Energy firms are 'fleecing' Irish customers - TD
Energy companies have been accused of "fleecing" customers by not passing on the full impact of wholesale gas price reductions in gas and electricity bills to everyone.
UK consumers have enjoyed double the price reductions seen here, Labour TD Eamonn Maloney told the Dáil transport committee during a discussion on home energy costs.
He said that the main beneficiaries of falling world prices had been the energy companies rather than consumers.
International wholesale gas prices have fallen by 18pc in the last year, which has an impact on both gas prices and electricity costs, but household gas and electricity prices have only fallen by between 2pc and 4pc at most.
Mr Maloney said that while energy companies were giving relatively generous bonuses to people who switched providers, low-income families and the elderly, who are much more unlikely to switch, were being fleeced.
He was particularly critical of Electric Ireland, saying many longstanding customers had been with them for decades and would never switch so they didn't benefit from introductory bonuses.
However, energy companies defended their prices and said that with high switching rates in Ireland, they had to be competitive or lose customers.
Jim Dollard of Electric Ireland said that Irish household electricity prices for the average consumer were 2pc below the Eurozone average.
Electric Ireland had brought in a 2pc electricity price reduction before the winter and would pass on further price benefits to customers if wholesale price trends allowed.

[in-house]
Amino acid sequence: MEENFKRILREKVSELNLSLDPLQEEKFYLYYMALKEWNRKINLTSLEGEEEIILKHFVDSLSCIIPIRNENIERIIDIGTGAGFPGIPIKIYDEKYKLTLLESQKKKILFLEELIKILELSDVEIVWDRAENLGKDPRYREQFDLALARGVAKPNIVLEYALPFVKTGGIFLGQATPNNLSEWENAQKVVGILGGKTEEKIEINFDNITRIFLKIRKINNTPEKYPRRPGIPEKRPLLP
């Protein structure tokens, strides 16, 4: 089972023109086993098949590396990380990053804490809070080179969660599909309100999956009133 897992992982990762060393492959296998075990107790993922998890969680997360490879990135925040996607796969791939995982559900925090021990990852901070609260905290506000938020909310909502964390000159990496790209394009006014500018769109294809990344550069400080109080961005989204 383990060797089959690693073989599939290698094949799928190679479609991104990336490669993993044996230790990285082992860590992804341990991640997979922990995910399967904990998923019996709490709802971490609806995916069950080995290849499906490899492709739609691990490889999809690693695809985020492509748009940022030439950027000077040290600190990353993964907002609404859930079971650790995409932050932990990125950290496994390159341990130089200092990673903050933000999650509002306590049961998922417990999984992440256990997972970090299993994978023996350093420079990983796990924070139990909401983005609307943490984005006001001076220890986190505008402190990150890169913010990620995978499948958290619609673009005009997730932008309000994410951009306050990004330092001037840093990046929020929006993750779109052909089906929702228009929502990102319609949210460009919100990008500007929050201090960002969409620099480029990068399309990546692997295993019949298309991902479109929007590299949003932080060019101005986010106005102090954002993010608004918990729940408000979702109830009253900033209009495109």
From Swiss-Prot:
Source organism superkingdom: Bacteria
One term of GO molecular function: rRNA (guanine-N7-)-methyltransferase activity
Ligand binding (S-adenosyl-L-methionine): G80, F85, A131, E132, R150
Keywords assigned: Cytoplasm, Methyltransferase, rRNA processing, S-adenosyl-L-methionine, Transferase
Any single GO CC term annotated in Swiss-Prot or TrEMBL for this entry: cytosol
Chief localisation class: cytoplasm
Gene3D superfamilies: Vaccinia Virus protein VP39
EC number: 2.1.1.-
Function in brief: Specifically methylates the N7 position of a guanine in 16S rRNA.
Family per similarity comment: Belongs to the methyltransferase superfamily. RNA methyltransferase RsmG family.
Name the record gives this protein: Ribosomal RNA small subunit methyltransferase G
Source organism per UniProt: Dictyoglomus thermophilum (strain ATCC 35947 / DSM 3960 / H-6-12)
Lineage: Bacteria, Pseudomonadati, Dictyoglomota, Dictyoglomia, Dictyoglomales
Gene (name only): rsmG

Wholesale gas prices had fallen by 18pc in euros in 2014, but had risen by 8pc since the start of this year, he said.
Gas accounted for about 30pc of the total electricity price and suppliers buy stocks in advance which delays the impact of price changes on consumers and helps price stability.
Bord Gais said it had reduced its gas rate by 3.5pc and electricity rate by 2.5pc, and would shortly launch a campaign offering discount rates for existing customers who move to direct debit and electronic bills.
Meanwhile, the European Union announced a major overhaul of the electricity market to allow countries trade power more easily and to help them negotiate better deals with countries outside the EU.
Ireland was singled out as one of the countries that was insufficiently connected with EU power supplies.
Currently there are two power interconnectors between Ireland and Britain but Eirgrid is looking at another high- capacity power link to France.